Moving on from soft soil modelling to engineering application
Prof. Minna Karstunen
Soft soil engineering is still a challenge, in particular when we increasingly need to construct on densely populated urban areas next to existing structures, and have to consider the effects of climate change. The presentation starts by looking at the usability of the soil models available in geotechnical finite element codes for soft soil applications. Various models are benchmarked against both real soil data, and simple boundary value problems, together with the Creep-SCLAY1S model. Creep-SCLAY1S is a rate-dependent constitutive model for soft natural clays, resulting from the systematic research by the author and her co-workers in the last 20 years geared for Scandinavian soft soil conditions. Some recent examples of engineering applications where the model has been successfully used are highlighted, including embankments and deep excavations. Finally, some of the remaining challenges are discussed.
About the speaker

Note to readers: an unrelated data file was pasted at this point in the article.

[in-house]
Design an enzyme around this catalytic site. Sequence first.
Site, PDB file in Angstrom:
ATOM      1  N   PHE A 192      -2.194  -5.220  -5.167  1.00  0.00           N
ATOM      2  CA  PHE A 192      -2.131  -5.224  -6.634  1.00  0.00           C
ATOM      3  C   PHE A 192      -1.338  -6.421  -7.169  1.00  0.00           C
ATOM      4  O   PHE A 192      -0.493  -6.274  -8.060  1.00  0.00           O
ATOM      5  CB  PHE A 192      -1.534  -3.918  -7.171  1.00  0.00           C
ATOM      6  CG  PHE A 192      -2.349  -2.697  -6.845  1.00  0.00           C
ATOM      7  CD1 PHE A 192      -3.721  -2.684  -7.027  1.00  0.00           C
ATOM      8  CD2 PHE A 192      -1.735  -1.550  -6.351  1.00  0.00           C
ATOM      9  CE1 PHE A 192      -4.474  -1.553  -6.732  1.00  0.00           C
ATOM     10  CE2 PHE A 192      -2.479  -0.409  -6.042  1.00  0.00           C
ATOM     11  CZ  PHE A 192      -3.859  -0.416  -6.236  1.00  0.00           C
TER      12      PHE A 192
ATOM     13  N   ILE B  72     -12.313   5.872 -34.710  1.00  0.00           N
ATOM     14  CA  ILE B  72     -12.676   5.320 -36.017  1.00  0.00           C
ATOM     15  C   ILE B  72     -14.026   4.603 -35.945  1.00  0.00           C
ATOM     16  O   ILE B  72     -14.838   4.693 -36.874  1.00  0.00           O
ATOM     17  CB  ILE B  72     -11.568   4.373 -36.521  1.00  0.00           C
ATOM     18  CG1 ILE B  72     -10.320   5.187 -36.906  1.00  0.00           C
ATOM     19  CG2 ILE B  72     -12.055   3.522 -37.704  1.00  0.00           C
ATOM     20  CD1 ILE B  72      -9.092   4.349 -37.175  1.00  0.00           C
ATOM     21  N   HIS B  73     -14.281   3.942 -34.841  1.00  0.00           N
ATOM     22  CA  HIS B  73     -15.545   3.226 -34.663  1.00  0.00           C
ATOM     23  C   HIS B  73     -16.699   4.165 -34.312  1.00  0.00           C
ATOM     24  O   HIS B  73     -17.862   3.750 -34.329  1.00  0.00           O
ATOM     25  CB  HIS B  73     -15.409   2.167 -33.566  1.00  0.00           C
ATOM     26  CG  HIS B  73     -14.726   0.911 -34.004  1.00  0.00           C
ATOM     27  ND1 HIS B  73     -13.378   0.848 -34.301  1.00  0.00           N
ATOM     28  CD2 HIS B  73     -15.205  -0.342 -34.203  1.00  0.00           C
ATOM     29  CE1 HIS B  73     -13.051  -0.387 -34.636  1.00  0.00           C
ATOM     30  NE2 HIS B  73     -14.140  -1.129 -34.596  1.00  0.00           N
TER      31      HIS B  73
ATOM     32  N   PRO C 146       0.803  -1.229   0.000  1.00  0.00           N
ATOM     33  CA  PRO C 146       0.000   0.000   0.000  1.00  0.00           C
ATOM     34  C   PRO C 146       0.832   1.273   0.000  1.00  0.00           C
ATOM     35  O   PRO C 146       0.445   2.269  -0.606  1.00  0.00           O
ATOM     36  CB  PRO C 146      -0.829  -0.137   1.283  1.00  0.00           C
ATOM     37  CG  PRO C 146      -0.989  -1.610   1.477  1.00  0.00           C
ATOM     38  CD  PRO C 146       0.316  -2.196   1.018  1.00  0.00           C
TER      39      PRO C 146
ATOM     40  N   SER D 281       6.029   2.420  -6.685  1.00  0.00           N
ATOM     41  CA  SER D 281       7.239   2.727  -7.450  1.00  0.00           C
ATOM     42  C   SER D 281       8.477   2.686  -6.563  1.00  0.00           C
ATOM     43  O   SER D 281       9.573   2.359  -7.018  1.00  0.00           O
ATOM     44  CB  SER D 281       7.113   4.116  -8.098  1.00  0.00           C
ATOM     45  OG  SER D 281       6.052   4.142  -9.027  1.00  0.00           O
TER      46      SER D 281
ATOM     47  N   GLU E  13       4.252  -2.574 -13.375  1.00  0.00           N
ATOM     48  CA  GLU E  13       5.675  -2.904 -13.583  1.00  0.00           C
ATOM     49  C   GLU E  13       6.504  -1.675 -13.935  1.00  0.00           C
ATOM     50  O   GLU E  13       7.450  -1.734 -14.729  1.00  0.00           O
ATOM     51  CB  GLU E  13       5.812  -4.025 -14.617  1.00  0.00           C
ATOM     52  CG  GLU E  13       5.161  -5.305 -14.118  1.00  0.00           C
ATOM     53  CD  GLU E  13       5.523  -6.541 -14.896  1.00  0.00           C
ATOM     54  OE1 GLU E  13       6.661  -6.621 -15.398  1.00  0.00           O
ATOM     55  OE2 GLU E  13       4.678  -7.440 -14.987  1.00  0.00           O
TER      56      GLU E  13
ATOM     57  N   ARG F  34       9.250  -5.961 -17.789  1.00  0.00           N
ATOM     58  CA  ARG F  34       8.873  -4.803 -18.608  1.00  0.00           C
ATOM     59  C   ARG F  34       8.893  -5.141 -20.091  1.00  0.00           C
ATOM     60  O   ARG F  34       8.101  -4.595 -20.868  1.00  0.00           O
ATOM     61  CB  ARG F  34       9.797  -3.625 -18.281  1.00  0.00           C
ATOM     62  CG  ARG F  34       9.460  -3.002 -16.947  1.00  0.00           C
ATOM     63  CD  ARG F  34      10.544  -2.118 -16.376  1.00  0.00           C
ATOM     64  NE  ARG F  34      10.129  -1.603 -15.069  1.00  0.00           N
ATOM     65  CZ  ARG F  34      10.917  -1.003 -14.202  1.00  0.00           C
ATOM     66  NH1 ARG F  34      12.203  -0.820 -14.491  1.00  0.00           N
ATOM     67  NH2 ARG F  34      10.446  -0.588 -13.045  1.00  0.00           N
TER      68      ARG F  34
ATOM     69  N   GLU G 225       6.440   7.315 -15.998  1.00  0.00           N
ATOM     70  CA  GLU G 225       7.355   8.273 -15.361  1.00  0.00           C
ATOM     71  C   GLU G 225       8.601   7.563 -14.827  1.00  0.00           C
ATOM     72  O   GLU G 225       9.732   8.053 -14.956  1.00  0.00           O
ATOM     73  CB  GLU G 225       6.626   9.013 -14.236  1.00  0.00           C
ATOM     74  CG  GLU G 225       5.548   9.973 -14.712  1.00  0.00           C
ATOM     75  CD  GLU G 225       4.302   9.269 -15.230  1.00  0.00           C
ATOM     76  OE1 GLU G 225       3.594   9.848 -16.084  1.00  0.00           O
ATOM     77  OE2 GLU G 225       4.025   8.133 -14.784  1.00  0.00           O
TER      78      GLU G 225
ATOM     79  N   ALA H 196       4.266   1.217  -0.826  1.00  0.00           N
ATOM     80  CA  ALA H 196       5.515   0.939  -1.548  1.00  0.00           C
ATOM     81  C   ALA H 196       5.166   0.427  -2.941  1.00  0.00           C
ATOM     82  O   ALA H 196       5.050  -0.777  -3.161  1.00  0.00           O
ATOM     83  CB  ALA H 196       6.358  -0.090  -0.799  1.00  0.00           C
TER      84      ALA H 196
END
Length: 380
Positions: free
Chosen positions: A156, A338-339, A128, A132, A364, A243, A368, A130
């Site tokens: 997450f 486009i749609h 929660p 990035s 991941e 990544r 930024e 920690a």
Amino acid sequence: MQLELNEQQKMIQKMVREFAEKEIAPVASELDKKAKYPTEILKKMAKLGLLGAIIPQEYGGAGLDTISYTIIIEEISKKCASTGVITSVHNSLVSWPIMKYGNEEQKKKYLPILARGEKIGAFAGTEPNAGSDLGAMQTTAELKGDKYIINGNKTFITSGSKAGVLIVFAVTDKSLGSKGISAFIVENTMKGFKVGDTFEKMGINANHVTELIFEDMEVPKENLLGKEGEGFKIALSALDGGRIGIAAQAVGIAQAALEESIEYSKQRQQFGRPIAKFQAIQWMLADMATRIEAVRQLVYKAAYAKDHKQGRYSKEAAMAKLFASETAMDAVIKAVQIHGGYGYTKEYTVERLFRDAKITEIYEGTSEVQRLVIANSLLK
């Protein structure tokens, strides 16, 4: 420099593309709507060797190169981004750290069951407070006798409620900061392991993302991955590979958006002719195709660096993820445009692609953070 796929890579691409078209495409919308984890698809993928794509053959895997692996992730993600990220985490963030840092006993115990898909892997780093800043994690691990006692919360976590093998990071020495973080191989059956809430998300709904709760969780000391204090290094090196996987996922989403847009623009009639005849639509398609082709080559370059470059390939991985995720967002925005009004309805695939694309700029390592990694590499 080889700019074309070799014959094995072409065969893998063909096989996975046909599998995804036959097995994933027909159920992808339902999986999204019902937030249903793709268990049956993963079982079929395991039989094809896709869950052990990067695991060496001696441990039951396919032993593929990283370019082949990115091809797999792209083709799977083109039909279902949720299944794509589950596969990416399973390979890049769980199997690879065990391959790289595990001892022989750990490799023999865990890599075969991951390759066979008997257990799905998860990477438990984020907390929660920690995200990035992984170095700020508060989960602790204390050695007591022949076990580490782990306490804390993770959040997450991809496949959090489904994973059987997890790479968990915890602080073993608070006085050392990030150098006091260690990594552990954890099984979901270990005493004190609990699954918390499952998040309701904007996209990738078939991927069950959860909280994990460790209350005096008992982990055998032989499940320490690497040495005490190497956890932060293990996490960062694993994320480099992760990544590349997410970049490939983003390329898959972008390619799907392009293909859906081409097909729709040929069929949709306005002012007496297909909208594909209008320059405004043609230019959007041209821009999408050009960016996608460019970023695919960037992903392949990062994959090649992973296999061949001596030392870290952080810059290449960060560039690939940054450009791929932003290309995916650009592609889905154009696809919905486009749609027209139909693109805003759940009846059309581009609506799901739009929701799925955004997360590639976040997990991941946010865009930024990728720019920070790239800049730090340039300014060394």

Minna Karstunen is Professor in Geotechnical Engineering at Chalmers University of Technology, Gothenburg, Sweden and a Fellow of the Institution of Civil Engineers, UK. She is also a member of the Royal Academy of Sciences and Arts in Gothenburg (KVVS). Minna got her PhD at the University of Wales Swansea in 1998, supervised by Prof. Gyan Pande, funded by the Academy of Finland. Her PhD studies were followed by a successful academic career in the UK, at the University of Glasgow (1996-2005) and the University of Strathclyde (2005-2013). Minna joined Chalmers in 2012, where she has built a dynamic research group working on modelling soil and rocks across the scales, with focus on soft sensitive clays. Minna’s industrial experience relates to the design of roads, tunnels and bridge foundations on very soft soils and currently she is involved as an independent expert in the West Link project in Sweden. The latter involves building a railway tunnel under the historic city centre of Gothenburg, involving some challenging deep excavations in very soft clay. Even though Minna is internationally known for her research on constitutive model development, in parallel, she has been working on other topics, including novel numerical techniques for representing periodic ground improvement on soft soils. Minna has coordinated a number of European projects related to soft soil modelling and soft clay engineering (SCMEP-Soft Soil Modelling for Engineering Practice 2000-2004, AMGISS-Advanced Modelling of Ground Improvement on Soft Soils 2005-2009 & GEO-INSTALL- Modelling Installation Effects in Geotechnical Engineering) and has published over 100 scientific publications.
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